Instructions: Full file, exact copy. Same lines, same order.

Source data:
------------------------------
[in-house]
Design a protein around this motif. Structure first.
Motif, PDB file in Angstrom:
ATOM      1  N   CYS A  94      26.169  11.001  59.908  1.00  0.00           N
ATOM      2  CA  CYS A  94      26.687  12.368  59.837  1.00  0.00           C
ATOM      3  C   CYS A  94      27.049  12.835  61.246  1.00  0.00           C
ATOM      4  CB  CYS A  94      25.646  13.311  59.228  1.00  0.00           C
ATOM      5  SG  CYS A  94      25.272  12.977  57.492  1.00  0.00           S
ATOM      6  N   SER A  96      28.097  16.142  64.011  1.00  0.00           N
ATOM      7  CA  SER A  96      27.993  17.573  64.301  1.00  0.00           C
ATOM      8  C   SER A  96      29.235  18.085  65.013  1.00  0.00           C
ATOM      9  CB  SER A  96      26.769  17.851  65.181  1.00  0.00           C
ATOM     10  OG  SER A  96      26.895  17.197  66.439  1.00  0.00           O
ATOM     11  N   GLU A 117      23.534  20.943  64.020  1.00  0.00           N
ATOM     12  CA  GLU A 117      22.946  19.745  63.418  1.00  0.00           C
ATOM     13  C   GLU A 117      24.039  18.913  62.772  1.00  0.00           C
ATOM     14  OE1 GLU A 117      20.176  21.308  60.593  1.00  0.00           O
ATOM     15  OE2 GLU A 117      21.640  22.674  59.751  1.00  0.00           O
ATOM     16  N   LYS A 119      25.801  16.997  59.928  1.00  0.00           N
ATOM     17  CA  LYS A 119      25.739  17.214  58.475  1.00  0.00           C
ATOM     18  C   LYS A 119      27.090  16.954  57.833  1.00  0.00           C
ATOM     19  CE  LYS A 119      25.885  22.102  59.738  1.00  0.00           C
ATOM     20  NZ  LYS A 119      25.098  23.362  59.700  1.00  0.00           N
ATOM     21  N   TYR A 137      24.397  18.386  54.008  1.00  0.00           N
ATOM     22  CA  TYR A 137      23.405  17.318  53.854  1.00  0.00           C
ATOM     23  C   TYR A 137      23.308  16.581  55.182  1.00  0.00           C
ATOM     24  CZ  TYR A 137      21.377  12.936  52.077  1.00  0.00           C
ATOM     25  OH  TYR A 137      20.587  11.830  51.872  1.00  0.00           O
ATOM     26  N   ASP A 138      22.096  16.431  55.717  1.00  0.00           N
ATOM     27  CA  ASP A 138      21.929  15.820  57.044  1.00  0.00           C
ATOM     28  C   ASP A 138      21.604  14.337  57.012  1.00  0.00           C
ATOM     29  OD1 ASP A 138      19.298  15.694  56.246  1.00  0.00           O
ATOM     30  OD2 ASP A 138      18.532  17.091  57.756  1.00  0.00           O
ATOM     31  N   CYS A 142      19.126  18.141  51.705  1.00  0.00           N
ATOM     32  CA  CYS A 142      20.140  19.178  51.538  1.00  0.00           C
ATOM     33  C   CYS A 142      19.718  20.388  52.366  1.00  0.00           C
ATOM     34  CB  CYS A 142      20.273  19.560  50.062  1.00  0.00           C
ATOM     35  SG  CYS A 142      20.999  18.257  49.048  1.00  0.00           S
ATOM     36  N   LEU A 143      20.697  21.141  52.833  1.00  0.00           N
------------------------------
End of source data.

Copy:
[in-house]
Design a protein around this motif. Structure first.
Motif, PDB file in Angstrom:
ATOM      1  N   CYS A  94      26.169  11.001  59.908  1.00  0.00           N
ATOM      2  CA  CYS A  94      26.687  12.368  59.837  1.00  0.00           C
ATOM      3  C   CYS A  94      27.049  12.835  61.246  1.00  0.00           C
ATOM      4  CB  CYS A  94      25.646  13.311  59.228  1.00  0.00           C
ATOM      5  SG  CYS A  94      25.272  12.977  57.492  1.00  0.00           S
ATOM      6  N   SER A  96      28.097  16.142  64.011  1.00  0.00           N
ATOM      7  CA  SER A  96      27.993  17.573  64.301  1.00  0.00           C
ATOM      8  C   SER A  96      29.235  18.085  65.013  1.00  0.00           C
ATOM      9  CB  SER A  96      26.769  17.851  65.181  1.00  0.00           C
ATOM     10  OG  SER A  96      26.895  17.197  66.439  1.00  0.00           O
ATOM     11  N   GLU A 117      23.534  20.943  64.020  1.00  0.00           N
ATOM     12  CA  GLU A 117      22.946  19.745  63.418  1.00  0.00           C
ATOM     13  C   GLU A 117      24.039  18.913  62.772  1.00  0.00           C
ATOM     14  OE1 GLU A 117      20.176  21.308  60.593  1.00  0.00           O
ATOM     15  OE2 GLU A 117      21.640  22.674  59.751  1.00  0.00           O
ATOM     16  N   LYS A 119      25.801  16.997  59.928  1.00  0.00           N
ATOM     17  CA  LYS A 119      25.739  17.214  58.475  1.00  0.00           C
ATOM     18  C   LYS A 119      27.090  16.954  57.833  1.00  0.00           C
ATOM     19  CE  LYS A 119      25.885  22.102  59.738  1.00  0.00           C
ATOM     20  NZ  LYS A 119      25.098  23.362  59.700  1.00  0.00           N
ATOM     21  N   TYR A 137      24.397  18.386  54.008  1.00  0.00           N
ATOM     22  CA  TYR A 137      23.405  17.318  53.854  1.00  0.00           C
ATOM     23  C   TYR A 137      23.308  16.581  55.182  1.00  0.00           C
ATOM     24  CZ  TYR A 137      21.377  12.936  52.077  1.00  0.00           C
ATOM     25  OH  TYR A 137      20.587  11.830  51.872  1.00  0.00           O
ATOM     26  N   ASP A 138      22.096  16.431  55.717  1.00  0.00           N
ATOM     27  CA  ASP A 138      21.929  15.820  57.044  1.00  0.00           C
ATOM     28  C   ASP A 138      21.604  14.337  57.012  1.00  0.00           C
ATOM     29  OD1 ASP A 138      19.298  15.694  56.246  1.00  0.00           O
ATOM     30  OD2 ASP A 138      18.532  17.091  57.756  1.00  0.00           O
ATOM     31  N   CYS A 142      19.126  18.141  51.705  1.00  0.00           N
ATOM     32  CA  CYS A 142      20.140  19.178  51.538  1.00  0.00           C
ATOM     33  C   CYS A 142      19.718  20.388  52.366  1.00  0.00           C
ATOM     34  CB  CYS A 142      20.273  19.560  50.062  1.00  0.00           C
ATOM     35  SG  CYS A 142      20.999  18.257  49.048  1.00  0.00           S
ATOM     36  N   LEU A 143      20.697  21.141  52.833  1.00  0.00           N